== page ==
Charterers playing ‘pass the parcel’ with crew changes

Charterers are now discriminating against ships which have long-serving crew onboard rather than risk their cargo being delayed by crew change deviations, warns one crewmanager today.

Roger Storey, managing director of CF Sharp Crew Management, Singapore, reported he has been advised of charterers who are stating in their contracts that vessels should not have any seafarers who have been serving onboard continuously for more than 12 months. If such crewmembers are present the charterers do not select that vessel for hire.

The charterers just don’t seem to care about anything but their cargo

“Why? Because of the risk that the vessel gets detained and their cargo gets stuck,” he explained in conversation with Splash.

Storey, whose company has successfully repatriated more than 12,000 crew members during the pandemic, said: “Shipowners are in the firing line and crew are pawns in this game. The charterers just don’t seem to care about anything but their cargo at present.”

Splash reported earlier this month how charterers are increasingly requesting for a ‘no crew change’ clause to be inserted into charter parties, demanding owners pick up the cost related to deviation and time lost.

Charterers have been urged repeatedly to play their part in ensuring crew get home.

Speaking with Splash TV last month, Francesco Gargiulo, the CEO of the International Maritime Employers’ Council (IMEC), said there has been little appetite on the charterers’ part to share in the problems that the industry is facing regarding crew changes.

Shipping organisation BIMCO has developed a deviation clause, which seeks to share some of the financial burden of getting crew repatriated during the coronavirus pandemic.

“The sad news is there’s been very little uptake of that clause because there is little appetite on the charterers’ part to share in the problems that the industry is facing,” said IMEC’s Gargiulo in a recent episode of the Maritime CEO Seafarer Leader Series.

CF Sharp’s Storey lamented today: “It is a sad that crew change is the new pass the parcel game with governments who rely on seafarers for the importation of cargo needed by their populace, and now by cargo charterers who rely on seafarers to transport their cargoes.”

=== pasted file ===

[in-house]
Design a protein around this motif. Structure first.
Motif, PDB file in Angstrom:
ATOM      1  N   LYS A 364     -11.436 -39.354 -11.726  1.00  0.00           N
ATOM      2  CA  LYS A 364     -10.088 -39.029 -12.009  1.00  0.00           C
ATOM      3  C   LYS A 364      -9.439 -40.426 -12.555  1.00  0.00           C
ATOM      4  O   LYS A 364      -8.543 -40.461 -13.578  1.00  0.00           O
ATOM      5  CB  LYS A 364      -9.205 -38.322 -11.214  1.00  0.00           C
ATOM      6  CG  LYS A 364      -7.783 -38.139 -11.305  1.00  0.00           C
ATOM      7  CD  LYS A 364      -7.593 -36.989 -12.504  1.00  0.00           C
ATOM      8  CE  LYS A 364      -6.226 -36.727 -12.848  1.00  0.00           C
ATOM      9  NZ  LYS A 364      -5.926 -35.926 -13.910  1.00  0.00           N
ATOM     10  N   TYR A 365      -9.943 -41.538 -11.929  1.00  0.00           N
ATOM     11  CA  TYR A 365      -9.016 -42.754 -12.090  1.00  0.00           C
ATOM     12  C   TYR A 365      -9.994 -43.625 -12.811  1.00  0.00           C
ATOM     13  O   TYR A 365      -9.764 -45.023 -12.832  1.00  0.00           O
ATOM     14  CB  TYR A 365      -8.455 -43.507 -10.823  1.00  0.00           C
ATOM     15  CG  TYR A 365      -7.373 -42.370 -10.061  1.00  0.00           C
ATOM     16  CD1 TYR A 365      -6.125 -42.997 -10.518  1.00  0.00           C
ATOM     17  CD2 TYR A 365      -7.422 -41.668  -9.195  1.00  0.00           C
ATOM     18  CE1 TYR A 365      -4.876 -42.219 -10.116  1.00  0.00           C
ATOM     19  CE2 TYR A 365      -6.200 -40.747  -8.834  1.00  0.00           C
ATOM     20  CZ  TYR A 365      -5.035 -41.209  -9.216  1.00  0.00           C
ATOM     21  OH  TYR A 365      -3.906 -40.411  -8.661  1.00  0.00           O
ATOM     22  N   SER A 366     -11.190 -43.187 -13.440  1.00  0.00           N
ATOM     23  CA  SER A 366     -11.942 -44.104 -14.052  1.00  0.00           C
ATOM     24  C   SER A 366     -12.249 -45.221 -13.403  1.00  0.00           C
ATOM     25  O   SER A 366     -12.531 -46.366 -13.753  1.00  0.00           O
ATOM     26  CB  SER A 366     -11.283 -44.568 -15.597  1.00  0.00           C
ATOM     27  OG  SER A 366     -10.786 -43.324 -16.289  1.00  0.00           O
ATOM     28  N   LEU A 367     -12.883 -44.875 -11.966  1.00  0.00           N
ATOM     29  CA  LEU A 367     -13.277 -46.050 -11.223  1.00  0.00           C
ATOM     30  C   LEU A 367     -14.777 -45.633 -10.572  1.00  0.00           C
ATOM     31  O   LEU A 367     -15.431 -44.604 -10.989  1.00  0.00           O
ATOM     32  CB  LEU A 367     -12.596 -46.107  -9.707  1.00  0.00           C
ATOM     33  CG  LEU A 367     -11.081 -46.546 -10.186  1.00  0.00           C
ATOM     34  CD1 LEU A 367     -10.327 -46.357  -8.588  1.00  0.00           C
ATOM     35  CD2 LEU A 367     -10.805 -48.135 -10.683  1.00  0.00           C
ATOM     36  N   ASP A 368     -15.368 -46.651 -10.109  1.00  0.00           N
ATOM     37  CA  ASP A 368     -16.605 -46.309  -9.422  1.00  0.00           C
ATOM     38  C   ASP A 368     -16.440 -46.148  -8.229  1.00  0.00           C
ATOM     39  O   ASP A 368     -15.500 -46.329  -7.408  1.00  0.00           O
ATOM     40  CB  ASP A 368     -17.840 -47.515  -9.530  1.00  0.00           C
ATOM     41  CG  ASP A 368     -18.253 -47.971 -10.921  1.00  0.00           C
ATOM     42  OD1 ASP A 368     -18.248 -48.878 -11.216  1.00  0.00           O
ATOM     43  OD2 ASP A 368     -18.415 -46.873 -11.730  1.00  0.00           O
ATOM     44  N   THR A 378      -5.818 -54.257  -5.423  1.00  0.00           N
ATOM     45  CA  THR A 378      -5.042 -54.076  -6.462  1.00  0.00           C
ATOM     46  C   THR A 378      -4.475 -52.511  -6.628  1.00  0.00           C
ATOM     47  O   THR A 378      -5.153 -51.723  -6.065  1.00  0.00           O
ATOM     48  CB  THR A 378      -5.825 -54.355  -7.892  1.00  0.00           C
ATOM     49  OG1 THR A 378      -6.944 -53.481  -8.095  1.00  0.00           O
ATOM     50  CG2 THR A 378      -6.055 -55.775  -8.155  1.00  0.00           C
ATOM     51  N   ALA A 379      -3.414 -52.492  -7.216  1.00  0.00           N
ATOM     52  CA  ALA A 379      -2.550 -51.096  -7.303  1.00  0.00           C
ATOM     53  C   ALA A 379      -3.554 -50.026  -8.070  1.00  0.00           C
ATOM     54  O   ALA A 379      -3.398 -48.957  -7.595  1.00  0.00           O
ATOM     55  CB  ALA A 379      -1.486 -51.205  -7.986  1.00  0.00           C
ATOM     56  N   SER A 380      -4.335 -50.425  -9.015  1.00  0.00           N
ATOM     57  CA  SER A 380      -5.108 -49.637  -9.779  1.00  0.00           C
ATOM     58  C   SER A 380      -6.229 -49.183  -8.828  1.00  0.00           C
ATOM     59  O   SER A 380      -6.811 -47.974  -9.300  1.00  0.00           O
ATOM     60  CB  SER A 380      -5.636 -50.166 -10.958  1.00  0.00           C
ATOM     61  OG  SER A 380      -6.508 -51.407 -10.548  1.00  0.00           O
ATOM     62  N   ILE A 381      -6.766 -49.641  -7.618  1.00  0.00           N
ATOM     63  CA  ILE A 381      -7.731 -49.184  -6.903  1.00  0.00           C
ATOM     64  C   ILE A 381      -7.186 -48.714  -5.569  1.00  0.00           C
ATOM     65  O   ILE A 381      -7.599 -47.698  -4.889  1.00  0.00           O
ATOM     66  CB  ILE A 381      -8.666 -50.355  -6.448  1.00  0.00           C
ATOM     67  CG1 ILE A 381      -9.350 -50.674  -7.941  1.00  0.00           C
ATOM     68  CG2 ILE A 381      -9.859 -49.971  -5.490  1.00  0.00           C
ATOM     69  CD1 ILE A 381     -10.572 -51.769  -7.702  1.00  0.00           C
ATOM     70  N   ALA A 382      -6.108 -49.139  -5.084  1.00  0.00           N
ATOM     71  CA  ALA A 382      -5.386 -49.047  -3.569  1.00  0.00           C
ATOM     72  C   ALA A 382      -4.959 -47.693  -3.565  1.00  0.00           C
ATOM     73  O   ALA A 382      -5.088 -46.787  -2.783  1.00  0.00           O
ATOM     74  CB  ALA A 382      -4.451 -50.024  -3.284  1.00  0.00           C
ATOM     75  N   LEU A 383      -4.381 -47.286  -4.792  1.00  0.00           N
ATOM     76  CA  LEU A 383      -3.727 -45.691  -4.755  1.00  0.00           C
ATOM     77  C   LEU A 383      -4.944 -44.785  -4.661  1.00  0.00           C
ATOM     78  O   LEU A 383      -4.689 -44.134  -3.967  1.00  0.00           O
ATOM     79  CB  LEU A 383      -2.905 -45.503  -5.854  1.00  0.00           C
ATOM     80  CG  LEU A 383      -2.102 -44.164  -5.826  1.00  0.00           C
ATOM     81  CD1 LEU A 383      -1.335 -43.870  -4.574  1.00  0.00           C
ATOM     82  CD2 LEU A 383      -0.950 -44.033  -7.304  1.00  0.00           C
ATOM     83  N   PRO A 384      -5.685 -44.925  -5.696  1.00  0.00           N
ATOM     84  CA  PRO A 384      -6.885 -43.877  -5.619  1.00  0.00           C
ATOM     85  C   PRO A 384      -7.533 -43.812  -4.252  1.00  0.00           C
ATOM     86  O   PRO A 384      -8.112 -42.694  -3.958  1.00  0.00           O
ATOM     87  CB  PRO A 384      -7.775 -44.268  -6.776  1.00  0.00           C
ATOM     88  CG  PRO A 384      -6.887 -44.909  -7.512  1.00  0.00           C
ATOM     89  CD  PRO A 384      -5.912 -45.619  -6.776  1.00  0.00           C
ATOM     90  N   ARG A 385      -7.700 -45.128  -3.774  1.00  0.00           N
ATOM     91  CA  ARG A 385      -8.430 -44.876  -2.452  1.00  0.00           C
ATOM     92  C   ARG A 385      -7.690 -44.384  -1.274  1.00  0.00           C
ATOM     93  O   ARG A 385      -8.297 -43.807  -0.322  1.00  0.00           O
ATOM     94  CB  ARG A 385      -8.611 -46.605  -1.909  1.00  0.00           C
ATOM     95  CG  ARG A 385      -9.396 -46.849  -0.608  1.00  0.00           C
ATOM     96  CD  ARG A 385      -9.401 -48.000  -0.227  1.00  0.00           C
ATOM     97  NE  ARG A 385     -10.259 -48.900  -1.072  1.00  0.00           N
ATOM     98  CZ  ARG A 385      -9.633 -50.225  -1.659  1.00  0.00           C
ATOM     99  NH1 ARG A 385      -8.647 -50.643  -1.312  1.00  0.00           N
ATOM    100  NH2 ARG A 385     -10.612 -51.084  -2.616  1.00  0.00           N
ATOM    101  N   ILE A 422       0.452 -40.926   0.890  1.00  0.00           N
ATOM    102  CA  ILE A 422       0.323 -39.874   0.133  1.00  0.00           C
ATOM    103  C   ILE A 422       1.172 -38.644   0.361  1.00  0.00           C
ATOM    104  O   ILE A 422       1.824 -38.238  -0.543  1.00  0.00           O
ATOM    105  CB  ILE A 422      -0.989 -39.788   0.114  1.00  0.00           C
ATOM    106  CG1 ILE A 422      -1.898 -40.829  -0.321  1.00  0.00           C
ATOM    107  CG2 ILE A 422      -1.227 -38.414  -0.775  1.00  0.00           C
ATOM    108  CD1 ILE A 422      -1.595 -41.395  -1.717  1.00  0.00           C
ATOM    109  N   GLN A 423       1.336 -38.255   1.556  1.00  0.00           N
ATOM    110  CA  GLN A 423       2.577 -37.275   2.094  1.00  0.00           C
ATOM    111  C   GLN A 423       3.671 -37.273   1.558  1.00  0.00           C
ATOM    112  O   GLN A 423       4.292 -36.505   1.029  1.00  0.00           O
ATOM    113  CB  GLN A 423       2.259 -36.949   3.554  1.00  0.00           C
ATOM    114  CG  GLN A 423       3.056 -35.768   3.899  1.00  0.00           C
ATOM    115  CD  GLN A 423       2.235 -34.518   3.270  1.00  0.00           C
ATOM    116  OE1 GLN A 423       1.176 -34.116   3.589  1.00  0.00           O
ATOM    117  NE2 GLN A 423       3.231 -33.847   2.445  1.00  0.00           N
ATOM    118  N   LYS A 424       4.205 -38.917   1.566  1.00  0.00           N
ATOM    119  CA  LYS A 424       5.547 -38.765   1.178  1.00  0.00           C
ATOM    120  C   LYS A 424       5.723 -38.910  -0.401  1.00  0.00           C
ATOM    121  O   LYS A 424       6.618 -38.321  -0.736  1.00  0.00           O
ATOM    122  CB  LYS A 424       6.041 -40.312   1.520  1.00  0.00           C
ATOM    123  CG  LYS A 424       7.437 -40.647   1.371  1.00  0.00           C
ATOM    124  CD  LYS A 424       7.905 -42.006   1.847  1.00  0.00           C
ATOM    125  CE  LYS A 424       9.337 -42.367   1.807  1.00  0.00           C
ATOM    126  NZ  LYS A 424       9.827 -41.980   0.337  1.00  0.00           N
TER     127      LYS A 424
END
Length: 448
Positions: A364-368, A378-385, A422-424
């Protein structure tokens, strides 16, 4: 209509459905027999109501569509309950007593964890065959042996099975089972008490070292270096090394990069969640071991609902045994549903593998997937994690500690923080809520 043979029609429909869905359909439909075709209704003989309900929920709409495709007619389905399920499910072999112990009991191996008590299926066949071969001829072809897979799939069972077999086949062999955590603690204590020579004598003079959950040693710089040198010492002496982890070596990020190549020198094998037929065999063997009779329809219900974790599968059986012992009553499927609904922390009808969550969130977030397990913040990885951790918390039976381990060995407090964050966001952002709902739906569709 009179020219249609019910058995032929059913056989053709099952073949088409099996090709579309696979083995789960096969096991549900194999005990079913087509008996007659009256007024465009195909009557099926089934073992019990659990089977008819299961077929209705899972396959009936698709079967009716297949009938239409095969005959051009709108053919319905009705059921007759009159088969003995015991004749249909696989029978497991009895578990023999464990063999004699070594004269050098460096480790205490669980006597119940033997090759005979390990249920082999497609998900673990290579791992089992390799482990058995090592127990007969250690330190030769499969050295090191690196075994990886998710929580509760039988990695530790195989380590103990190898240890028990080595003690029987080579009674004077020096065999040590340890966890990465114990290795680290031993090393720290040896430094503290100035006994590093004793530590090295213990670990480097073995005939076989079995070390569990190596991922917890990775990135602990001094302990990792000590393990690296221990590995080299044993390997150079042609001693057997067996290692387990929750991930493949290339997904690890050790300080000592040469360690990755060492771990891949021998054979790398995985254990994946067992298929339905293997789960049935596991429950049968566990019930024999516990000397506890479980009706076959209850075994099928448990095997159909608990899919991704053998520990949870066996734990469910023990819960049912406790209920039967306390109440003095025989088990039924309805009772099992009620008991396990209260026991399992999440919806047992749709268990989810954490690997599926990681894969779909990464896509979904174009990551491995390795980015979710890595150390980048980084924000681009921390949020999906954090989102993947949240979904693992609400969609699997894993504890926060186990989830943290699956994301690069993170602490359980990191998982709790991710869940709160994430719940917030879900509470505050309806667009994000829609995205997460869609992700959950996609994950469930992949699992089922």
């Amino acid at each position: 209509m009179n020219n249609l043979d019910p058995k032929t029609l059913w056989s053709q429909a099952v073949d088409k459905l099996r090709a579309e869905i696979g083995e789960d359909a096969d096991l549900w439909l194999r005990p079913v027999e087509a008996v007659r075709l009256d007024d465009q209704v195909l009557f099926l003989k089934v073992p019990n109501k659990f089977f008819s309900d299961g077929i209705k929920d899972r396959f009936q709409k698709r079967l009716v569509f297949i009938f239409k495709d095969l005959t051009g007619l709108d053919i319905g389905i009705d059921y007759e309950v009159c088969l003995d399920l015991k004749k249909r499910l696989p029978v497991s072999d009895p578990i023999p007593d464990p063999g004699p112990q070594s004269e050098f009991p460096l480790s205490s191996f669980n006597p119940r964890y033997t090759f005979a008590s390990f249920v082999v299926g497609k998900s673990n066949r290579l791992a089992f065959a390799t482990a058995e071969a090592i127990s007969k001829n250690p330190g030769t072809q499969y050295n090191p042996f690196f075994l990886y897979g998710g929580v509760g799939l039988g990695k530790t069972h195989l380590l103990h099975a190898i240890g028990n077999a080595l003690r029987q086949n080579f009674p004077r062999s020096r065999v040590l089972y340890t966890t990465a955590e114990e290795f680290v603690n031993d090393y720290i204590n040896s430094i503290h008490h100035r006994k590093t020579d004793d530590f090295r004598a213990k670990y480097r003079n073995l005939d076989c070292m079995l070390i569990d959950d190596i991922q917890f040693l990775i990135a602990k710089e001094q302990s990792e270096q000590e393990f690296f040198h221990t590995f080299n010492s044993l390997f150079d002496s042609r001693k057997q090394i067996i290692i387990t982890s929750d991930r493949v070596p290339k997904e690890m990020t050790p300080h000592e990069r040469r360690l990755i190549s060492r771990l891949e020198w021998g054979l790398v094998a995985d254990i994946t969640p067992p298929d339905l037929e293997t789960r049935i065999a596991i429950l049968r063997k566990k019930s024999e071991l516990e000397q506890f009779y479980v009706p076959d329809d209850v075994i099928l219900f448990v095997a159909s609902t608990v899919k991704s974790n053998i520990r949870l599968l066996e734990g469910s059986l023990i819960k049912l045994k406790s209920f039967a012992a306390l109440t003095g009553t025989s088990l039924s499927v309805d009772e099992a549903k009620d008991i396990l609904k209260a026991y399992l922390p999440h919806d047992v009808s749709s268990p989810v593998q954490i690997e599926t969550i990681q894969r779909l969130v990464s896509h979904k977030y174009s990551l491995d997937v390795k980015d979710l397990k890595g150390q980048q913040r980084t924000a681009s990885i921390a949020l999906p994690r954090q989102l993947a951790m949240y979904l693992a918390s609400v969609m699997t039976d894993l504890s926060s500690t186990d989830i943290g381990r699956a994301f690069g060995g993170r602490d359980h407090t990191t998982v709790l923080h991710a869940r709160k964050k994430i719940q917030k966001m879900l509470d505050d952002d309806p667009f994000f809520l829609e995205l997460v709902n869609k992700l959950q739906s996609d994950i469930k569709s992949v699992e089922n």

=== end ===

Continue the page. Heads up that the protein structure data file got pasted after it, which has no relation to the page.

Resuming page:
Sam Chambers

Starting out with the Informa Group in 2000 in Hong Kong, Sam Chambers became editor of Maritime Asia magazine as well as East Asia Editor for the world’s oldest newspaper, Lloyd’s List. In 2005 he pursued a freelance career and wrote for a variety of titles including taking on the role of Asia Editor at Seatrade magazine and China correspondent for Supply Chain Asia. His work has also appeared in The Economist, The New York Times, The Sunday Times and The International Herald Tribune.


  1. Owners should organise themselves before putting the vsl for charteing. Charterers are making money without putting any efforts. Simple way is to increase the freight rate. There is a saying every dog have his day.

    1. Unfortunately, it is a chaterers market and they will take this opportunity to gain advantages as much as they can.

  2. Clever and competent charterers should personally manage their own fleets, and all third-party crew managers should be fired.

  3. Amazingly one sided article.
    The main reason charterers don’t want crew longer than 12 months is because a) they don’t want the ship arrested in trading certain countries which impacts everybody in the supply chain and b) they are trying to “encourage” owners not to abuse their crew beyond a certain limit. It is actually designed to force good behaviors even at a cost. Fact remains that crew are employees of the owners and normally such costs are intrinsically connected to them. Should charterers participate in these costs? Out of solidarity, yes they should and do. Owners and charterers can work together to make plans for crew changes depending on where the ship is and what direction the ship is going with minimal cost. The key is good open communication and I have seen it happen the vast majority of times in my experience.
    But let’s please have a more balanced view and maybe interview a wider spectrum of stakeholders.

    1. We had a case where a time charterer was reluctant to agree to any suggestions by owners to make a modest deviation to the Philippines on a China Australia voyage for a crew change, where changing crew at either end of the trip was simply impractical, dueceg to government regs, and lack of flights to enable conformity with them.

      The reputable owners and managers want to do crew changes but the difficulties lie with port states who will not facilitate crew changes, where the chances are that seafarers are less likely to have COVID 19.

  4. Well as a seaman and as someone who experiences this problem I approve that article as correct 100%…we ve been trying to sign off for months.. Port authorities arranged for my crew repatriation until the charterers showed up and involved and try to make problems… The truth is that Noone cares about the crew.. Nor owners… But since they are obliged to sign them off by rules the only problem out of nowhere came from the charterers.. Maybe the crew is not their problem as you say.. But maybe that crew is important to keep the safety of life at sea.. Pollution etc.. At least they should care about that.. But if they have everything under incurance we understand they don’t care at all even for that… So by adding clauses like “no crew change” in this critical periods for crew changes they are the main reason crew changes are canceled… Or about to… I face that daily… I deal with this daily and for months… And I m talking about crew changes already arranged by authorities at intermediate ports where countries accept crew changes

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